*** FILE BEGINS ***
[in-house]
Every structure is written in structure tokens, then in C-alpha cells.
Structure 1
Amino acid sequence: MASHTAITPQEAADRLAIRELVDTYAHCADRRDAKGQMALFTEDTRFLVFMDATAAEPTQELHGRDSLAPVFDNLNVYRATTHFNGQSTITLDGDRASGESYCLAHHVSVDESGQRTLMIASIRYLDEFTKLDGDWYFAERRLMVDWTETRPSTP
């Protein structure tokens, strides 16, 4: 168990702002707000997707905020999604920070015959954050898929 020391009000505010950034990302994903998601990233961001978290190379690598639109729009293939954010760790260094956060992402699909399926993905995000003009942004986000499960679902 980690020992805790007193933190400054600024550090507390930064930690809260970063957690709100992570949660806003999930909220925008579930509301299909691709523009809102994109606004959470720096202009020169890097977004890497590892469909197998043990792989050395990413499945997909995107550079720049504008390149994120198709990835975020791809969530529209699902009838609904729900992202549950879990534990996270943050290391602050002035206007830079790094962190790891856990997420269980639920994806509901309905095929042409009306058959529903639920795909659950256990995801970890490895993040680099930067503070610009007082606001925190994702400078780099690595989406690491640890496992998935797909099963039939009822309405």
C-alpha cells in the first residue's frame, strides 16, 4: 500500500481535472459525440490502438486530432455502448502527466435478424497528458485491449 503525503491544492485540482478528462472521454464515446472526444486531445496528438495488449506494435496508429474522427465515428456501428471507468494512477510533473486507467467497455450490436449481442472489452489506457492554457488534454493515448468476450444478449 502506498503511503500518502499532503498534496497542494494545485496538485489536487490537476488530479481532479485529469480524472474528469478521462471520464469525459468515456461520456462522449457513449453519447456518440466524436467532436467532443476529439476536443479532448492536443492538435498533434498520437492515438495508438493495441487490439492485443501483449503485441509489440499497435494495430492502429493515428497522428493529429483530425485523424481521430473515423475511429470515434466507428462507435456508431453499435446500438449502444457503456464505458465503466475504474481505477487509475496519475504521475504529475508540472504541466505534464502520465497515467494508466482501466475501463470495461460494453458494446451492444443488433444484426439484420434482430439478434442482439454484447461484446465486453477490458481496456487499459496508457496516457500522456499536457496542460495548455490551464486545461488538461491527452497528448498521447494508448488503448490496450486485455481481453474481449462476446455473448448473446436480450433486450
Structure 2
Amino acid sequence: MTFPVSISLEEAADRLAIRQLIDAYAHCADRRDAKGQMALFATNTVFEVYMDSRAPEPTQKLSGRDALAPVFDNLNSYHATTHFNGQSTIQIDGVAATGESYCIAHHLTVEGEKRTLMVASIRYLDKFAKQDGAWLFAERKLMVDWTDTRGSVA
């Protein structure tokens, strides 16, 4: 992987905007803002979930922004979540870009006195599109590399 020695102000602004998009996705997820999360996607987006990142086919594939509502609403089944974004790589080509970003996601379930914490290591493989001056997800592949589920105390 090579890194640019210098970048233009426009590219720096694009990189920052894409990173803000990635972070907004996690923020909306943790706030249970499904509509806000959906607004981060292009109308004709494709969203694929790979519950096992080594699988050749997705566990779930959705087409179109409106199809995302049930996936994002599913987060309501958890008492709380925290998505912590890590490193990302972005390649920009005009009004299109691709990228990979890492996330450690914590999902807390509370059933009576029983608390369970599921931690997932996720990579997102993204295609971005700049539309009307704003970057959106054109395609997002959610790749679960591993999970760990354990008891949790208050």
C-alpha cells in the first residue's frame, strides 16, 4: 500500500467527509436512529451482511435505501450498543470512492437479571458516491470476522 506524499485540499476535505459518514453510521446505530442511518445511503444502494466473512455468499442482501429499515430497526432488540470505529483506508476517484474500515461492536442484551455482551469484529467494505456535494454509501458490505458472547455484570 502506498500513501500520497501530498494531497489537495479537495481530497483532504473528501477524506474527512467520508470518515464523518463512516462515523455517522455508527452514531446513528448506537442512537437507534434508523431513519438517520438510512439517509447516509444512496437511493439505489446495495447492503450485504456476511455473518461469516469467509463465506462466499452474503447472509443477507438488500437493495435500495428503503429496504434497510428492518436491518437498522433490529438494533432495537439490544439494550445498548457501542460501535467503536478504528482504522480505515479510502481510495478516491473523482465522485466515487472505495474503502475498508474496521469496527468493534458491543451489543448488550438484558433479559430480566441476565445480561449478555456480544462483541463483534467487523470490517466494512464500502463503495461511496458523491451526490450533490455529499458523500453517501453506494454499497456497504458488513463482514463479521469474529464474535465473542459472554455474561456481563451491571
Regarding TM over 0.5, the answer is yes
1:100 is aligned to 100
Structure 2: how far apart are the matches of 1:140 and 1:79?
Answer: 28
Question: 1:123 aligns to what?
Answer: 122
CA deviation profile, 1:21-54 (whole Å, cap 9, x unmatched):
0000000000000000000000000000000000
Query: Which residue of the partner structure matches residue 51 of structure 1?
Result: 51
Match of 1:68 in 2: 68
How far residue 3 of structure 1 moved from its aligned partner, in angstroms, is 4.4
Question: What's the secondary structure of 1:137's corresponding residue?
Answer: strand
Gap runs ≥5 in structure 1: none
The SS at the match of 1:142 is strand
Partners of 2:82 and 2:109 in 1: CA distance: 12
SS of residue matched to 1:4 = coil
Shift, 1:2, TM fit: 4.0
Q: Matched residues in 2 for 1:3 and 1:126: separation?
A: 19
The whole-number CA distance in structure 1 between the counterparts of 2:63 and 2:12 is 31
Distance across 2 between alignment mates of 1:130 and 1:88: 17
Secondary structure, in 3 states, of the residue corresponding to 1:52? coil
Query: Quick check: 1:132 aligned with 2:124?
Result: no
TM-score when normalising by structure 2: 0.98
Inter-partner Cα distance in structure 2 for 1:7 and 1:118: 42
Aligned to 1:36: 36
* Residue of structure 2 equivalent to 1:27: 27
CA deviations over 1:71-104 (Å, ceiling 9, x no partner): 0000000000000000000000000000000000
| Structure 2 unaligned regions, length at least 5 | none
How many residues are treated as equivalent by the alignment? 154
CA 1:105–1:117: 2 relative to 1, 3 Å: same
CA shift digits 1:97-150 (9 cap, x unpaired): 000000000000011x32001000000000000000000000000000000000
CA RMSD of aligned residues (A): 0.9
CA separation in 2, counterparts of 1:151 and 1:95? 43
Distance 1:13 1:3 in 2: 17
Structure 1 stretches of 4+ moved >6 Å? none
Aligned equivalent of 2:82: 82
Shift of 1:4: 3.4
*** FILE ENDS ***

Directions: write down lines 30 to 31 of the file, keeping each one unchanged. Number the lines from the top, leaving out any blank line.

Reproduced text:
Q: Matched residues in 2 for 1:3 and 1:126: separation?
A: 19